Kennesaw Mountain is one of the several Georgia national parks that could be affected by a government shutdown.
Photo: For the AJC
Photo: For the AJC

How metro Atlanta parks could be disrupted by government shutdown 

The holidays are an uncertain time, even more so when the federal government might shut down.

The nation faces a midnight deadline to avoid a partial shutdown caused by a lack of funding the federal government. If a deal isn’t reached, services at many federal agencies could be disrupted, including national parks during the busy holiday seasons.

The rub is President Donald Trump’s want for Democrats in the Senate to approve his $5.7 billion demand for U.S.-Mexico border wall money.

The noisy back-and-forth in Washington D.C. has led to little concrete information from the quiet National Parks Service sites in Georgia.

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The Atlanta Journal-Constitution reached out to several of Georgia’s NPS sites to see their plans Friday afternoon.

James Pratt at Kennesaw Mountain National Battlefield Park, one of the most-visited parks in America, said that the park was currently open but wouldn’t say anything about the potential shutdown.

Kennesaw Mountain, along with Martin Luther King Jr.’s childhood home, were closed during the government shutdown earlier this year in February.

The Arabia Mountain National Heritage Area will remain open even if there’s a shutdown because it isn’t a federal park. (Courtesy of Arabia Mountain Heritage Area)

In general, there will be no visitor services during a shutdown. So if you’re at a campsite with a bathroom, don’t expect it to be cleaned. And if a facility or area is locked or secured during non-business hours, it will probably be locked or secured during a shutdown. 

That February shutdown came after Democrats sought extended protections for “Dreamers” — or immigrants who were brought here as children without authorization and previously shielded from deportation by the Deferred Action for Childhood Arrivals program. There was also talk of funding a border wall, a central Trump campaign issue, back then.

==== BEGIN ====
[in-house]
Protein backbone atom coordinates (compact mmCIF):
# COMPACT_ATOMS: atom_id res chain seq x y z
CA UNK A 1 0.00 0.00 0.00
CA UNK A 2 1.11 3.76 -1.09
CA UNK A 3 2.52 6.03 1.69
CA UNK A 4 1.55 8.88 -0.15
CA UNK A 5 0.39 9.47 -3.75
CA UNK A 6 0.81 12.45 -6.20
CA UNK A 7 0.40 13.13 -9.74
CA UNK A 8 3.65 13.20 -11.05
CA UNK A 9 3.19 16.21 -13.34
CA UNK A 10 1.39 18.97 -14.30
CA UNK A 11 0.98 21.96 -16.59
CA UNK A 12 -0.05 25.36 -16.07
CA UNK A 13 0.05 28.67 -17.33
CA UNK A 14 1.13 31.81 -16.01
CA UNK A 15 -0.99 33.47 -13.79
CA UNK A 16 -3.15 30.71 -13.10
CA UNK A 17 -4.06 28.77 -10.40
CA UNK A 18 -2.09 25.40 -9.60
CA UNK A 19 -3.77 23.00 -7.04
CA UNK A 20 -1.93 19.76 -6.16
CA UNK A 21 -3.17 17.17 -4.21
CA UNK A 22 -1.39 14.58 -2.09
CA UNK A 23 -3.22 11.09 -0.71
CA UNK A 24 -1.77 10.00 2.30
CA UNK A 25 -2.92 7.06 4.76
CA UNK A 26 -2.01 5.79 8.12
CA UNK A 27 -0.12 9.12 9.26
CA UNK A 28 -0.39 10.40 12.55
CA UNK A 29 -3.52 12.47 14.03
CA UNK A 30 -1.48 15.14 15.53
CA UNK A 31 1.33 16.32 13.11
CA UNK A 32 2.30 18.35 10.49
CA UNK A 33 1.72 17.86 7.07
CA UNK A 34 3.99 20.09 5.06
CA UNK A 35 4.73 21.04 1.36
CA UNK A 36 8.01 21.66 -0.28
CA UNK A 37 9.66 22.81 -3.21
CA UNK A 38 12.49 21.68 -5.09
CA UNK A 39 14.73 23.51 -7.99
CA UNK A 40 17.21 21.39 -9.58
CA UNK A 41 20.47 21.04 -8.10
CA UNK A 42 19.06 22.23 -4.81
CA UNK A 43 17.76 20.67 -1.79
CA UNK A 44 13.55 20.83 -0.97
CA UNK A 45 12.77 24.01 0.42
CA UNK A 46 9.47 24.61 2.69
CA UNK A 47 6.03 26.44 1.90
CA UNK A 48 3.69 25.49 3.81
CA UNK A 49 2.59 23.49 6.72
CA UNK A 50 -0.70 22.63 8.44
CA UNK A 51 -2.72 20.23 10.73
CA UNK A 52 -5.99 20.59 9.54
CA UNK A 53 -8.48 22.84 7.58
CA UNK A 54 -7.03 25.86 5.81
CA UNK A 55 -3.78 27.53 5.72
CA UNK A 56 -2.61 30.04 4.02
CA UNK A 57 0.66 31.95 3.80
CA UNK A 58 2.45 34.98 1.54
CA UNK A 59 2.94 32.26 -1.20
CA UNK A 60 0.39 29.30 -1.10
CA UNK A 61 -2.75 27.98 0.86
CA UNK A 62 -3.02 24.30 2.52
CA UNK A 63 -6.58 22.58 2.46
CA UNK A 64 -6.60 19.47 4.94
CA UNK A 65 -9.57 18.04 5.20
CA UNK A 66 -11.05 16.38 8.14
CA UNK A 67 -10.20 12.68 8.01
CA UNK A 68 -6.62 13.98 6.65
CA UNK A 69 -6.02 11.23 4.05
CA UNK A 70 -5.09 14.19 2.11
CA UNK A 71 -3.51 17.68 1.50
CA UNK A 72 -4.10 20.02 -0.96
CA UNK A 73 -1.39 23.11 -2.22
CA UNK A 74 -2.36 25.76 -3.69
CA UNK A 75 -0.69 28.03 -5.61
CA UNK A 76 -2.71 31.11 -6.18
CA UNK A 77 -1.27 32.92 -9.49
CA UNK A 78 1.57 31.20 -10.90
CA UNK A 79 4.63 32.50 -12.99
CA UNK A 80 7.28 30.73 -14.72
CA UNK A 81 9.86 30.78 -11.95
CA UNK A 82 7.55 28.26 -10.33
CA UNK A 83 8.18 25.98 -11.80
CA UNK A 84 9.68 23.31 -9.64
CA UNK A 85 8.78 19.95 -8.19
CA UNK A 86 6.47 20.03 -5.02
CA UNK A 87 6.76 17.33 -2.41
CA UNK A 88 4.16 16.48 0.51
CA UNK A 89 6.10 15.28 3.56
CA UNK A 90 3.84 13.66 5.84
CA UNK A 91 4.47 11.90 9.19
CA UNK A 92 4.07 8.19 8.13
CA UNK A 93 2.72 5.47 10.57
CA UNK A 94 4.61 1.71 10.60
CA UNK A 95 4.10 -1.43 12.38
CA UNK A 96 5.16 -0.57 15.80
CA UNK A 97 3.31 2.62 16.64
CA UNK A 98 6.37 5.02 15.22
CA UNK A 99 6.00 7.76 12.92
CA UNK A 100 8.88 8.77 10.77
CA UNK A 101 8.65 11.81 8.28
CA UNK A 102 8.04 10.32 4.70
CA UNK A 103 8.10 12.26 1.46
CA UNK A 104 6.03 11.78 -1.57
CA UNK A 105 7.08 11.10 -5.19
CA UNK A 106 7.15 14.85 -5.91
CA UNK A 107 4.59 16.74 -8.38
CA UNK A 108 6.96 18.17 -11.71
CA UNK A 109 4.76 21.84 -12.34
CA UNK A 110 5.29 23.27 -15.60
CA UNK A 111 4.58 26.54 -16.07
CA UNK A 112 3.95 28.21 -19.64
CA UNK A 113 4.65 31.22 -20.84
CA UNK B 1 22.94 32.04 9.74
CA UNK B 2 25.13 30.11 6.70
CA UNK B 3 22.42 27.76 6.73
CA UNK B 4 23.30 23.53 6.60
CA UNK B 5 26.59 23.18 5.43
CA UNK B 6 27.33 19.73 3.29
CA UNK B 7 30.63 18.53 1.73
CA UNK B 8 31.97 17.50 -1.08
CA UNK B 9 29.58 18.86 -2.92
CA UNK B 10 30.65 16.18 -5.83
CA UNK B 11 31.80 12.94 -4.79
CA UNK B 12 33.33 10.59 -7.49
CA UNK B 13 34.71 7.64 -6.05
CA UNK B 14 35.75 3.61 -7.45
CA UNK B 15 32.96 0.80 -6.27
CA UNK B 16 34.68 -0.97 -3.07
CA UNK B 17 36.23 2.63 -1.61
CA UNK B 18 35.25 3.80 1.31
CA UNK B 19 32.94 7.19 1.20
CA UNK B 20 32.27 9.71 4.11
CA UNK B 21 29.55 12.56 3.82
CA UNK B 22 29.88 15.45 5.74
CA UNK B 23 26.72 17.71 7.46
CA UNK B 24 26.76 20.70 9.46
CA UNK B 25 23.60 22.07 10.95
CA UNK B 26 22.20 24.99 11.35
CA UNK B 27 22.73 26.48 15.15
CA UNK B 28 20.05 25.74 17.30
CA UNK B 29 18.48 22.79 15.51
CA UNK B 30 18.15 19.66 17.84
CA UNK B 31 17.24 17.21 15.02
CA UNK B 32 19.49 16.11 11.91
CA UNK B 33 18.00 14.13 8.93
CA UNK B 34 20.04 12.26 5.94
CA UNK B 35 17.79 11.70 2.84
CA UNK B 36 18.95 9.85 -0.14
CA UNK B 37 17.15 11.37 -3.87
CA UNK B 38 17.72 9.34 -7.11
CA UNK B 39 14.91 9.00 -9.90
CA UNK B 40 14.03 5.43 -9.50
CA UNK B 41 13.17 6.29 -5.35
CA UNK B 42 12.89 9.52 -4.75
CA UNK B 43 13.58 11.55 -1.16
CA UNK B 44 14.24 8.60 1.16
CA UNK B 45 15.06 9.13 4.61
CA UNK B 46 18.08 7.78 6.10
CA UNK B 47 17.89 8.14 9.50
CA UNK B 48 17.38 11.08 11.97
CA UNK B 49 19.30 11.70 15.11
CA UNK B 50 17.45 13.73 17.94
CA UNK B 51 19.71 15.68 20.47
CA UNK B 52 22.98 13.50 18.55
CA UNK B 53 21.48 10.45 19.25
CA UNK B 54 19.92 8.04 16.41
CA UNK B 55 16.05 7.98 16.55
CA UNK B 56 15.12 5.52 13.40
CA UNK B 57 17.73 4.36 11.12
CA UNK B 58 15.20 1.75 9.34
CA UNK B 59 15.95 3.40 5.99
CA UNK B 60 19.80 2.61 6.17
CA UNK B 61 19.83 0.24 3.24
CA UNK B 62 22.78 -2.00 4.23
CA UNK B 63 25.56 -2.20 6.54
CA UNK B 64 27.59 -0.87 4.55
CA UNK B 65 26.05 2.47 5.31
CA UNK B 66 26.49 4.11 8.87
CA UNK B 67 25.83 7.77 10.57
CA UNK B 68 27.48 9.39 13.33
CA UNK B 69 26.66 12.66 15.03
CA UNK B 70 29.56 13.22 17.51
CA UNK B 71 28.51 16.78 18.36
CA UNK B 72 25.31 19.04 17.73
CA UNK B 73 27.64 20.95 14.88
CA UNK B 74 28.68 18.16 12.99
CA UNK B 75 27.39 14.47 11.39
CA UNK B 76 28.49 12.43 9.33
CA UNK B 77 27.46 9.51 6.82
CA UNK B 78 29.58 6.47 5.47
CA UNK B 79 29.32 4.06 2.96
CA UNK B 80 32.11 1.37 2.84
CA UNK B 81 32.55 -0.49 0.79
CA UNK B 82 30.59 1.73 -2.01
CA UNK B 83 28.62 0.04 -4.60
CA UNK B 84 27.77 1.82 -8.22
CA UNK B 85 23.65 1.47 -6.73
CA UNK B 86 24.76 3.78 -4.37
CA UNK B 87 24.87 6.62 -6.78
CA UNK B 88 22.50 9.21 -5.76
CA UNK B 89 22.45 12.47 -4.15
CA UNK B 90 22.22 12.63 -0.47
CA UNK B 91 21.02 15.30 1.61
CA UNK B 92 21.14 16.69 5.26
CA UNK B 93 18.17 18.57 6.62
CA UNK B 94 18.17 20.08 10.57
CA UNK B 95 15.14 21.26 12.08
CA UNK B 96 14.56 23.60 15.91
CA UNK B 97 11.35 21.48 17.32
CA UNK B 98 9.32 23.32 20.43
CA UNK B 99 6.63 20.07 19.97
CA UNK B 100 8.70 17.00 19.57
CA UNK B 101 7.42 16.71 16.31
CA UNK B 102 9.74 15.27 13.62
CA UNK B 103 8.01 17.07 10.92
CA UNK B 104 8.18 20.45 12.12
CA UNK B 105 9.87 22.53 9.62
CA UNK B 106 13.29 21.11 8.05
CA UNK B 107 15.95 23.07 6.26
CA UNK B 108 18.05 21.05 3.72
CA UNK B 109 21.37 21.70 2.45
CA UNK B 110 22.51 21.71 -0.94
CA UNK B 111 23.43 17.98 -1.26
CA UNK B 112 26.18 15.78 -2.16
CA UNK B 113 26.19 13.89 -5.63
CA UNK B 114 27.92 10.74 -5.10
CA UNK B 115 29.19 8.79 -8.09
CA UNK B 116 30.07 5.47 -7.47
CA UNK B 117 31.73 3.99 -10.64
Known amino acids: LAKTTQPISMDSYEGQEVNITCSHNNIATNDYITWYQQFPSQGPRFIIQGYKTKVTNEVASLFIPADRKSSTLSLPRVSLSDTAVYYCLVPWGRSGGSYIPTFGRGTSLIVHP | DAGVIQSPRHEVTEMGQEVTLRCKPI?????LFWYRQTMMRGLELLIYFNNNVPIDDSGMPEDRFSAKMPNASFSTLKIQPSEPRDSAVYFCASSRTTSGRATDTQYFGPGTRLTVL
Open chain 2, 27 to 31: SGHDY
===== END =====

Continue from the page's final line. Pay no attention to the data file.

On Friday afternoon, the Jimmy Carter National Historic Site in Plains was still open. Acting superintendent Charles Sellars told the AJC he wouldn’t speculate on the shutdown and is waiting on Congress and the president to make a decision.

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Should a shutdown happen, he said, the site will be closed.

“Anything that we would have scheduled beyond midnight would be cancelled,” he said.

That includes the 1 p.m. walking tours the park holds Saturdays and Sundays.

“We are not going to speculate on any changes in government operations,” said Rebecca Karcher with at MLK Jr. National Historic Park.

But, in general, she said, the park would be closed in the event of a government shutdown.

In case you are looking for somewhere to stretch your legs during a shutdown, try Arabia Mountain National Heritage Area. That’s because it isn’t a federal park.

The area is run by the Arabia Mountain Heritage Area Alliance and the park is owned by DeKalb County, Mera Cardenas, executive director for the alliance, told The AJC on Friday.

“It is affiliated with the National Park Service and has a federal designation, but local the non-profit runs the heritage area,” Cardenas said.

The park is generally open from dawn to dusk.

Tamar Hallerman, the AJC’s reporter in D.C., contributed to this story.

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